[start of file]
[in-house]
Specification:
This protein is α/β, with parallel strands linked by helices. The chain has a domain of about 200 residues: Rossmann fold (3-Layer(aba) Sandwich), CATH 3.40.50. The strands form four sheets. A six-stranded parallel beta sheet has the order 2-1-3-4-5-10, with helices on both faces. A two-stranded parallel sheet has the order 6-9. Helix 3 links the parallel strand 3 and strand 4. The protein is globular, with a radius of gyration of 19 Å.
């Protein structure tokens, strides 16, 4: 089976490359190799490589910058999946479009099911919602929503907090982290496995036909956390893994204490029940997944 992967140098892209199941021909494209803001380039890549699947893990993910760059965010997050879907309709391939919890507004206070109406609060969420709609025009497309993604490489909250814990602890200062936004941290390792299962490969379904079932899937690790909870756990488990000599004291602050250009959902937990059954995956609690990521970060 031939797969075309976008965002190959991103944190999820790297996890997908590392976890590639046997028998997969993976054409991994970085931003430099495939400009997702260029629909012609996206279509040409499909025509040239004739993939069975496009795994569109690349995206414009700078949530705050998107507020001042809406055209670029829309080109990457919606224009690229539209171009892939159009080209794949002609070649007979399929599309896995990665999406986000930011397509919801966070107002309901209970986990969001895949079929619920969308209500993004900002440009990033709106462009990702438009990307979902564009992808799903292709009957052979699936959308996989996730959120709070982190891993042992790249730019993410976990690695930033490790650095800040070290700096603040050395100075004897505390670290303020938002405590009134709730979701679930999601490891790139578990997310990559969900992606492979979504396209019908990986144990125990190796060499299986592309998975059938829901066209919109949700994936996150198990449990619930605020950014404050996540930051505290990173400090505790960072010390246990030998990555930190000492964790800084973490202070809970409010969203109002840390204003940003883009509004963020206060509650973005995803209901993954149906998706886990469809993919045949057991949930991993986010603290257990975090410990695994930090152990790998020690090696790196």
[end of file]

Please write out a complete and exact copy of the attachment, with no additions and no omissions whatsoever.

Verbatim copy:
[in-house]
Specification:
This protein is α/β, with parallel strands linked by helices. The chain has a domain of about 200 residues: Rossmann fold (3-Layer(aba) Sandwich), CATH 3.40.50. The strands form four sheets. A six-stranded parallel beta sheet has the order 2-1-3-4-5-10, with helices on both faces. A two-stranded parallel sheet has the order 6-9. Helix 3 links the parallel strand 3 and strand 4. The protein is globular, with a radius of gyration of 19 Å.
């Protein structure tokens, strides 16, 4: 089976490359190799490589910058999946479009099911919602929503907090982290496995036909956390893994204490029940997944 992967140098892209199941021909494209803001380039890549699947893990993910760059965010997050879907309709391939919890507004206070109406609060969420709609025009497309993604490489909250814990602890200062936004941290390792299962490969379904079932899937690790909870756990488990000599004291602050250009959902937990059954995956609690990521970060 031939797969075309976008965002190959991103944190999820790297996890997908590392976890590639046997028998997969993976054409991994970085931003430099495939400009997702260029629909012609996206279509040409499909025509040239004739993939069975496009795994569109690349995206414009700078949530705050998107507020001042809406055209670029829309080109990457919606224009690229539209171009892939159009080209794949002609070649007979399929599309896995990665999406986000930011397509919801966070107002309901209970986990969001895949079929619920969308209500993004900002440009990033709106462009990702438009990307979902564009992808799903292709009957052979699936959308996989996730959120709070982190891993042992790249730019993410976990690695930033490790650095800040070290700096603040050395100075004897505390670290303020938002405590009134709730979701679930999601490891790139578990997310990559969900992606492979979504396209019908990986144990125990190796060499299986592309998975059938829901066209919109949700994936996150198990449990619930605020950014404050996540930051505290990173400090505790960072010390246990030998990555930190000492964790800084973490202070809970409010969203109002840390204003940003883009509004963020206060509650973005995803209901993954149906998706886990469809993919045949057991949930991993986010603290257990975090410990695994930090152990790998020690090696790196």